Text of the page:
In its NGA section 3 review of the Export Terminal, the Commission held that the siting, construction, and operation of the project would not be inconsistent with the public interest. The Commission based its conclusion, among other things, on findings in the final environmental impact statement (“EIS”) that “most of the direct environmental impacts from construction . . . are expected to be temporary or short term,” that “all impacts from construction and operation . . . will be reduced to less than significant levels if the projects are constructed and operated in accordance with applicable laws and regulations and the environmental mitigation measures recommended in the final EIS and adopted by this order,” and “that reasonably foreseeable indirect or cumulative impacts from operation of [the] Export Terminal will not be significant.”Balancing the benefits of the proposed pipeline against “the lack of adverse effects on existing customers, other pipelines and their captive customers, and the minimal adverse effects on landowners and surrounding communities,” the Commission also concluded that the proposed pipeline is required by the public convenience and necessary per section 7 of the NGA.3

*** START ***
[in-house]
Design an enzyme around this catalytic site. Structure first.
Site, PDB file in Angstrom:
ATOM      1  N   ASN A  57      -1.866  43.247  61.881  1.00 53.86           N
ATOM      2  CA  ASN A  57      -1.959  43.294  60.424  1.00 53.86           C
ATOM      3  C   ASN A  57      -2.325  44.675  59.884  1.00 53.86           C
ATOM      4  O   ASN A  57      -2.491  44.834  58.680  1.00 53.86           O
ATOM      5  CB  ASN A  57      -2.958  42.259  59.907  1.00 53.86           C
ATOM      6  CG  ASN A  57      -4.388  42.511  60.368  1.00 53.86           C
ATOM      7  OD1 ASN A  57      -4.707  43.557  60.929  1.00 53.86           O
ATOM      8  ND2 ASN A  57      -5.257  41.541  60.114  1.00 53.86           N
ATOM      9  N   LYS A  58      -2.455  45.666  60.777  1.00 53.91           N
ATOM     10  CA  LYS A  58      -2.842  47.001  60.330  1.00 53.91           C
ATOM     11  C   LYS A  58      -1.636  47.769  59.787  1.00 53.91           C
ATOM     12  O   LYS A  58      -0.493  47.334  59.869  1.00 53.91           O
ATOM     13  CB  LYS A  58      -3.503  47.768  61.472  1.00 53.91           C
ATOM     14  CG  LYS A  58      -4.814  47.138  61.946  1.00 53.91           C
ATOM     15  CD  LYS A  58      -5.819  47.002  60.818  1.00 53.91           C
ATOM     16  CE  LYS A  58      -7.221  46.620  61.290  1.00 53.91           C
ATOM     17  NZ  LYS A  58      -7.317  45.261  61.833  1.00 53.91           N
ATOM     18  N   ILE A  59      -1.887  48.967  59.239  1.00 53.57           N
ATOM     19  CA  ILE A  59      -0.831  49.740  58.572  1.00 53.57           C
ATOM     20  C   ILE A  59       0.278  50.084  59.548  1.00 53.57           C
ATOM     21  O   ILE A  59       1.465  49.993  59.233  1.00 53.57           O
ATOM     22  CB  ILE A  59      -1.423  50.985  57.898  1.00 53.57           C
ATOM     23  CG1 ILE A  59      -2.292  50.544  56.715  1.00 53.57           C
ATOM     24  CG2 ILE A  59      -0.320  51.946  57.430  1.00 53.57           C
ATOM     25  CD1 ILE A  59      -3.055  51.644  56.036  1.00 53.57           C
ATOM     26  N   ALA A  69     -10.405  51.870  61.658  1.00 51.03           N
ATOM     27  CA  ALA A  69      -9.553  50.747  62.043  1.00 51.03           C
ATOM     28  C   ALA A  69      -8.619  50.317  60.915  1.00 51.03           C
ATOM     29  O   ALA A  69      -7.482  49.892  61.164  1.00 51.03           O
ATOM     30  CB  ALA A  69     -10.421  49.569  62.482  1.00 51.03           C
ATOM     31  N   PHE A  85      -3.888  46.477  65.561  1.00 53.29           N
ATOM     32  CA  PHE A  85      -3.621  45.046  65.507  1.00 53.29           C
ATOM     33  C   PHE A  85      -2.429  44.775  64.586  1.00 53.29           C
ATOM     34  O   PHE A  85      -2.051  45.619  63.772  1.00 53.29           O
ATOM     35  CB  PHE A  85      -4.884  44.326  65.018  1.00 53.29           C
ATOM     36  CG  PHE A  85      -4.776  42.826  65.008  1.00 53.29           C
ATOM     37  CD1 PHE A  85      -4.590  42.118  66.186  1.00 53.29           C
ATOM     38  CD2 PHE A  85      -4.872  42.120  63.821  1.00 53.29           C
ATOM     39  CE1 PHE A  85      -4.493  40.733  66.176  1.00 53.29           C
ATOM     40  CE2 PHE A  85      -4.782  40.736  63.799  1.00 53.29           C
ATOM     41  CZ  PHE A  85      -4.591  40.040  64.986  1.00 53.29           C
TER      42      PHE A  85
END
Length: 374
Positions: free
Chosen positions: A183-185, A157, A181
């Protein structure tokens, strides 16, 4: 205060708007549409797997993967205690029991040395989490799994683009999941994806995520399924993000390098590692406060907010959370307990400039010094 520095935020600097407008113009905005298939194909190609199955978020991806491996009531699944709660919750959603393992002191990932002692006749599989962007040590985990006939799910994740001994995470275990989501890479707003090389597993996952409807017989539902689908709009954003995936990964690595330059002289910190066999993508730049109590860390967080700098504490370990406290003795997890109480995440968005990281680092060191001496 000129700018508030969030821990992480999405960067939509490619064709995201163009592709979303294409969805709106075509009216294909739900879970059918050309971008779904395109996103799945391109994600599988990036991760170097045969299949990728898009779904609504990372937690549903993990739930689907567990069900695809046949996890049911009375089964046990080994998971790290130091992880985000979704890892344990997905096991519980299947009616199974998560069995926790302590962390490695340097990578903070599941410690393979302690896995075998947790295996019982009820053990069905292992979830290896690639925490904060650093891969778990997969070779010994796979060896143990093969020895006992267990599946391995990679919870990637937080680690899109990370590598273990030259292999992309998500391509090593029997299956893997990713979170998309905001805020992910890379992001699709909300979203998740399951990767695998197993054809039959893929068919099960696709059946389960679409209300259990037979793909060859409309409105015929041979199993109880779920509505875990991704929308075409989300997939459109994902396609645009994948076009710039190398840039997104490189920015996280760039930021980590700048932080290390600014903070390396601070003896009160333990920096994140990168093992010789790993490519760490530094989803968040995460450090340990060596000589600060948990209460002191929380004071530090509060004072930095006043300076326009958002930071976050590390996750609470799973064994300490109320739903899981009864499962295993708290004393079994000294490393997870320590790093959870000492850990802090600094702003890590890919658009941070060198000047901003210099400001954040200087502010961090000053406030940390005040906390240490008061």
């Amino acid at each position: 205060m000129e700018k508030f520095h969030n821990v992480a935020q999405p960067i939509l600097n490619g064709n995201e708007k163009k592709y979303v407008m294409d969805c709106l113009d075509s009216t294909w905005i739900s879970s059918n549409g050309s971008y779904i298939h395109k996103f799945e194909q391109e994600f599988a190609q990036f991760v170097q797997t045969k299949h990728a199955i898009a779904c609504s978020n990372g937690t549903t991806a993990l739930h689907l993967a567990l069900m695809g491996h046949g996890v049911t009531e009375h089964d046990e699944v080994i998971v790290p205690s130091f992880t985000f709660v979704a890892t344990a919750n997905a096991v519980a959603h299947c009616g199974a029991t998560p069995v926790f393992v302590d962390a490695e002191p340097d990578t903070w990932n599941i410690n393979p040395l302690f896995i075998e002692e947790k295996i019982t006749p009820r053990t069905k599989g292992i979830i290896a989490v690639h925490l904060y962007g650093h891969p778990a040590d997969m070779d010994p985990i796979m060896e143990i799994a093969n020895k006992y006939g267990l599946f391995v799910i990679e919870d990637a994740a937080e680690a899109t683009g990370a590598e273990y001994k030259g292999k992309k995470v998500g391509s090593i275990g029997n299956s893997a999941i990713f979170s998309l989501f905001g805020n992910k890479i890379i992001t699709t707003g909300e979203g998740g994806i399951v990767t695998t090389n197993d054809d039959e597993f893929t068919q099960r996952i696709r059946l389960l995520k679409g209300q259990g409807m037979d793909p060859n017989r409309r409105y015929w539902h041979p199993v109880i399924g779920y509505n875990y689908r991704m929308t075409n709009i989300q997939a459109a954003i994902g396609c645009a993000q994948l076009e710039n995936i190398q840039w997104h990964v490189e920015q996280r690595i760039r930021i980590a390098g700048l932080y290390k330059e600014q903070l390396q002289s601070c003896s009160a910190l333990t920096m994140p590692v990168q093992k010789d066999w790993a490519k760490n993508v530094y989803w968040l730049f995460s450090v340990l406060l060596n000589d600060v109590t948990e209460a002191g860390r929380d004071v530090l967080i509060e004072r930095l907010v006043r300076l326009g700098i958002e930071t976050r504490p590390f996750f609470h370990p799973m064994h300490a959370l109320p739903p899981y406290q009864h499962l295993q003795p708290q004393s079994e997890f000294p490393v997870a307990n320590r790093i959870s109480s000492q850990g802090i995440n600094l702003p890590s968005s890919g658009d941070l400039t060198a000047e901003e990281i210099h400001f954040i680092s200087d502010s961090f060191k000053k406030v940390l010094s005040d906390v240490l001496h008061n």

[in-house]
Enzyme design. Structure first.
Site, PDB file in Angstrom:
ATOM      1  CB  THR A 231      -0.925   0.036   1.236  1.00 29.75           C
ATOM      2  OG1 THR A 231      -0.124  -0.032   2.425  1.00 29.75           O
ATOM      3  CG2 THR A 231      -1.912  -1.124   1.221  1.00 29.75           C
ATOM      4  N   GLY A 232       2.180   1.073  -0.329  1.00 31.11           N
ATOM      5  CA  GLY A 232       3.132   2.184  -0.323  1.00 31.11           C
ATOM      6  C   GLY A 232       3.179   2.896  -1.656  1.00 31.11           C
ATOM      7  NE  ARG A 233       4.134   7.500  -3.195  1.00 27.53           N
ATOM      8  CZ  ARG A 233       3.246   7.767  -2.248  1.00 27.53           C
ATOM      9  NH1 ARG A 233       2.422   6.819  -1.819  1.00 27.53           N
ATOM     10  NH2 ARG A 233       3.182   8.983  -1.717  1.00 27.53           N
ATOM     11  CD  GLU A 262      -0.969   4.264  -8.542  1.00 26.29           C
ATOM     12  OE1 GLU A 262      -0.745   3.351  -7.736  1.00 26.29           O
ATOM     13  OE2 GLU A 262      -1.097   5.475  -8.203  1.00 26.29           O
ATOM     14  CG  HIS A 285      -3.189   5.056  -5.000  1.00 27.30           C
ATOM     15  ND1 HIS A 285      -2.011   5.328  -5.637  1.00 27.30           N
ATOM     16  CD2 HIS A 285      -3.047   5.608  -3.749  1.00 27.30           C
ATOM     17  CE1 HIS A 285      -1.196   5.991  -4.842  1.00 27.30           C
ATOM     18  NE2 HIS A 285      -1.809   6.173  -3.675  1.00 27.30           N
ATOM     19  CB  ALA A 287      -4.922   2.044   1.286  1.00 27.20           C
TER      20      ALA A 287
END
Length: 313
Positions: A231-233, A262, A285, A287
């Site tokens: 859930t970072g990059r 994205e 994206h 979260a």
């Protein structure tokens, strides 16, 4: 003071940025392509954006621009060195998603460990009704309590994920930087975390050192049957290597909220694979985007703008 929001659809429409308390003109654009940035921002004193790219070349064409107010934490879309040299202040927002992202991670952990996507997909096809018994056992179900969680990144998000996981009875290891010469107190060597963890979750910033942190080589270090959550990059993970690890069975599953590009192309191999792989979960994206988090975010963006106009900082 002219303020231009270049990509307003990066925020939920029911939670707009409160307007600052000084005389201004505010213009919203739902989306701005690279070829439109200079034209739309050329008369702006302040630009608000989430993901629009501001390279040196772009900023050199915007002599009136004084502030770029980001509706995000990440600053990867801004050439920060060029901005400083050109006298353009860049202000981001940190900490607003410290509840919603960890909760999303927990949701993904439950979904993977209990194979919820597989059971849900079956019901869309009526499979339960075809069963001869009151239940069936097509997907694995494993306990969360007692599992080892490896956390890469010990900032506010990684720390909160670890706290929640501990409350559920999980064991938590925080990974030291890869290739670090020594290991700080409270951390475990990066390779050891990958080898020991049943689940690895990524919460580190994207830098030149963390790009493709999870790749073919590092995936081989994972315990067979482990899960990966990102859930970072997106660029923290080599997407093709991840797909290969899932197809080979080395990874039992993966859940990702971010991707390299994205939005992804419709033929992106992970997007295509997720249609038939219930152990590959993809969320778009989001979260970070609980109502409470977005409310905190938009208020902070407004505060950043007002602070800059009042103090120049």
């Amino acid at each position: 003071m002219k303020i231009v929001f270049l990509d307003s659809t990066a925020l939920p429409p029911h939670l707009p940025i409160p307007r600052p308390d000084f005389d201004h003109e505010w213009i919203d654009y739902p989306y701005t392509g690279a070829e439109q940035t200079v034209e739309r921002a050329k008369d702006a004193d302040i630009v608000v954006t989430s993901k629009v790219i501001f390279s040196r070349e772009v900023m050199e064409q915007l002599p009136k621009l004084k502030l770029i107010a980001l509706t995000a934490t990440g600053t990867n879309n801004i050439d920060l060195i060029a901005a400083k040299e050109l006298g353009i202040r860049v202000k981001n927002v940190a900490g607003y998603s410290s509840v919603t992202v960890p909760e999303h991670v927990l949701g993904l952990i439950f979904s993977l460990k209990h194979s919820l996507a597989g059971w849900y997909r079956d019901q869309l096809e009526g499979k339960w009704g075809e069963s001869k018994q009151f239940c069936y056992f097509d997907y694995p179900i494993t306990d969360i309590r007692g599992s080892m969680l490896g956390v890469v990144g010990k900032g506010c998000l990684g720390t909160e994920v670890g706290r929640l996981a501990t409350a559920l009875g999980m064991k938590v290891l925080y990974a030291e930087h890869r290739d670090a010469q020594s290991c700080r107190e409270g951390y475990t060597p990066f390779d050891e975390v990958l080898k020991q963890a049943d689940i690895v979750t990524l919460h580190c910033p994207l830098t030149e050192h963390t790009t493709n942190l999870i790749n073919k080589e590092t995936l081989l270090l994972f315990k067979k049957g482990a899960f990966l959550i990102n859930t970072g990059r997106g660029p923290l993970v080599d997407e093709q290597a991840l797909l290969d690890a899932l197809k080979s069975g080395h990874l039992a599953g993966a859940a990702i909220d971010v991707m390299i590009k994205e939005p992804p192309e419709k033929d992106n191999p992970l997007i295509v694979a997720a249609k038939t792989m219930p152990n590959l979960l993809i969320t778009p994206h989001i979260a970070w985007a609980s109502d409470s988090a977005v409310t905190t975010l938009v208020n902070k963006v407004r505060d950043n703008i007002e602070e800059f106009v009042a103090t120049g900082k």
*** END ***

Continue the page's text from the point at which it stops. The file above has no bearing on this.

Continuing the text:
In its NEPA review, the Commission concluded that the projects are “environmentally acceptable,” provided they are constructed and operated consistently with environmental conditions recommended in the EIS and incorporated in the Order. The Order noted the EIS’ estimate that the Export Terminal may result in annual emissions of 3,906,336 metric tons of carbon dioxide equivalent, comparing this with the Environmental Protection Agency’s (“EPA”) estimate of 5.8 billion metric tons of carbon dioxide equivalent emissions on a national level in 2016 (representing a 0.7 percent increase from the 2016 national level). The Commission noted that no national targets exist that can be used as benchmarks for comparison. The Commission further pointed to “previou[s] conclu[sions] it could not determine a project’s incremental physical impacts on the environment caused by GHG emissions [and] could not determine whether a project’s contribution to climate change would be significant.”In its cumulative impacts analysis, the Commission relied on the EIS’s conclusion that effects of the projects would be minor or insignificant.